[The Musical Times. Vol. XXXV (June 1, 1894):584]
In May 1893, the École Française d’Athènes unearthed, at the Athenian Treasury in Delphi, two of the oldest surviving musical compositions, the hymns to Apollo. The discovery sparked great interest and contributed in the late nineteenth century to a growing awareness of ancient Greek music and a desire on the part of some composers to seek inspiration therein. This awareness is reflected, for example, in Felix Mendelssohn’s Antigone and Camille Saint-Saëns’s Antigone and Hélène.
In this month’s Curios, News, and Chronicles we focus on how the discovery of the first of two Delphic hymns was reported in the musical press and Gabriel Fauré’s arrangement of it.
After the German classical scholar Otto Crusius, the philologist Henri Weil, and French archeologist Theodore Reinach restored, analyzed, and transcribed the hymn, the first public performance of this melody took place on March 26, 1894 in the presence of King George I and Queen Olga of Greece at a soirée organized by the French School. Based on a comment in The Musical News, it did not generate a great deal of enthusiasm.
[Musical News, Vol.VI, No. 162 (Saturday, April 7, 1894):327]
Later the work was performed in several European cities, after which the same journal underscored its importance, the ‘stir’ it was creating and published photographs of the ashlar blocks containing the inscribed hymn.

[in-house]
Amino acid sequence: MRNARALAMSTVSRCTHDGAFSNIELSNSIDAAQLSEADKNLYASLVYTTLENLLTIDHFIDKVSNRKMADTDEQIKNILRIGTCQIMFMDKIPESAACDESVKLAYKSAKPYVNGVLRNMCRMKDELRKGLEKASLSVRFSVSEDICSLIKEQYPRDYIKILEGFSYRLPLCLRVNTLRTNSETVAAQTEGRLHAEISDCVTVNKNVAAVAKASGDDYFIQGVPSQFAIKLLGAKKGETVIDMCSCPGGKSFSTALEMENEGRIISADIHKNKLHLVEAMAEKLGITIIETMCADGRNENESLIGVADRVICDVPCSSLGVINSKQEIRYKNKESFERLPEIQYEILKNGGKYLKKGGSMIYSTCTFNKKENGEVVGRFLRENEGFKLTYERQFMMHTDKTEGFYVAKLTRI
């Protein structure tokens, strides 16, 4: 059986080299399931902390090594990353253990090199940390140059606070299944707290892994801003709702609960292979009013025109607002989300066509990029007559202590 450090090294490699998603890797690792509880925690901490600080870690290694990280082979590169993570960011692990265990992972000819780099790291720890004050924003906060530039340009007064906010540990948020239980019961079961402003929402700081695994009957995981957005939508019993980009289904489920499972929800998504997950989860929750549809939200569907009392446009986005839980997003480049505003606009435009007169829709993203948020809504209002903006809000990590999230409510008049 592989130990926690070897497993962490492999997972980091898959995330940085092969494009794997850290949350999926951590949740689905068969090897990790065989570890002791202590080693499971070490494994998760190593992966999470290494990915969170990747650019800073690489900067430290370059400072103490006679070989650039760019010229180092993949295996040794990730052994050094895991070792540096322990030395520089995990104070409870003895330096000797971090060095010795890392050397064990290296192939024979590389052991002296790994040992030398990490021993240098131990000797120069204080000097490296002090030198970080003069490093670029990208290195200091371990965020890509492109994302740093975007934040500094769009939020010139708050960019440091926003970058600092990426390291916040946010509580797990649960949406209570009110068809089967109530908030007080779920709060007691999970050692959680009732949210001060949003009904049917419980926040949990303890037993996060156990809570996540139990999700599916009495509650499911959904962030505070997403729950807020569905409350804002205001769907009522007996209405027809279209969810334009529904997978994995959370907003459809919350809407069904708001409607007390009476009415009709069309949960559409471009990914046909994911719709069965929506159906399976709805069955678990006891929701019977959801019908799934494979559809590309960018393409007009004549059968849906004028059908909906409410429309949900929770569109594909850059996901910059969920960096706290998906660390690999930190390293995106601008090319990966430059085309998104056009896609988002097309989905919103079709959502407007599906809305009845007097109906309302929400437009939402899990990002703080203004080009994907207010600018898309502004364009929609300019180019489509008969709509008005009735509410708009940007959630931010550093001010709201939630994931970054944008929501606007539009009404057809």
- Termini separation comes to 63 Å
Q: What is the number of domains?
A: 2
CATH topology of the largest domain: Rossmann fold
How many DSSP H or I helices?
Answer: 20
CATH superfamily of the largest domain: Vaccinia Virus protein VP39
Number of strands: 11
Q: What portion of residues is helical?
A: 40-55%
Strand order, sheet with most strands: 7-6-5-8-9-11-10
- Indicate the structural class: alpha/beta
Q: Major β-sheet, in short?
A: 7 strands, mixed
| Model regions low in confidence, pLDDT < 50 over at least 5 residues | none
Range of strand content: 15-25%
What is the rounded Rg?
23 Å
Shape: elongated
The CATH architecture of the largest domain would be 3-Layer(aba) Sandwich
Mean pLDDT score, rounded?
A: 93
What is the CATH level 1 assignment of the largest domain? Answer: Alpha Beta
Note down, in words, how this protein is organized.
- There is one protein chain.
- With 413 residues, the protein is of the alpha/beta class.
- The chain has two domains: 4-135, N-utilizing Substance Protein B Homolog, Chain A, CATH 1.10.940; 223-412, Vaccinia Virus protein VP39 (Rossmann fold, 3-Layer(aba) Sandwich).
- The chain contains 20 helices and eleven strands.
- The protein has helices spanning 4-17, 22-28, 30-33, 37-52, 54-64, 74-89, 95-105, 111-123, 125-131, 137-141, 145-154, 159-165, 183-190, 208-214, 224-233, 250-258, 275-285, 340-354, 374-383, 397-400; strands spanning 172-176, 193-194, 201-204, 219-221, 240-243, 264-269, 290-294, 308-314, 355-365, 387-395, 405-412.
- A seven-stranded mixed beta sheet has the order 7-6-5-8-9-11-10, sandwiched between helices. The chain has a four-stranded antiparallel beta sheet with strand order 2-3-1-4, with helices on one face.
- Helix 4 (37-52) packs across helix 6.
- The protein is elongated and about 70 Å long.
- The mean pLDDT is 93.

[Musical News. Vol. VI, No. 173 (June 23, 1894):579]
[Musical News. Vol. VI, No. 173 (June 23, 1894):582]
The Musical Times went as far as to refer to the hymn as “the most important musical ‘find’ of the nineteenth century,” and published a transcription of it in modern musical notation in an extra supplement to one of its issues.
[The Musical Times. Vol. XXXV (June 1, 1894):386]
[Transcription of the Hymn to Apollo, The Musical Times. Vol. XXXV (June 1, 1894):386-7]
On April 12, 1894 Reinach presented the discovery at the École des Beaux-Arts to the members of the Association pour l’Encouragement des Études Grecques en France. After the presentation there was a performance of an arrangement of the work by Gabriel Fauré with the composer himself at the harmonium.
The hymn continued to be discussed years after it was discovered. For example, Music: A Monthly Magazine, published in 1897 a translated version of an article by the Czech Ludvik Kuba, professor at the Academy of Fine Arts, in Prague. In the article, Kuba discussed the significance of the hymn’s discovery and the difficulties of deciphering ancient Greek music, given the very few surviving examples of music from this period.
[Music: A Monthly Magazine. Volume XI, Number 4 (February 1897):398]
In the video below, you can listen to Fauré’s arrangement of the Hymn for voice and piano, performed by the French soprano, Renée Doria. From today’s perspective does it still merit the title the most important musical find of the nineteenth century?
[From left to right: the French archeologist Théodore Reinach, 1913 / the composer Gabriel Fauré, photographed by Paul Nadar, 1905 ]
RIPM Search Tip: To read what the French musical press wrote about the discovery of the Hymne à Apollon, search for it in the RIPM index and e-Library.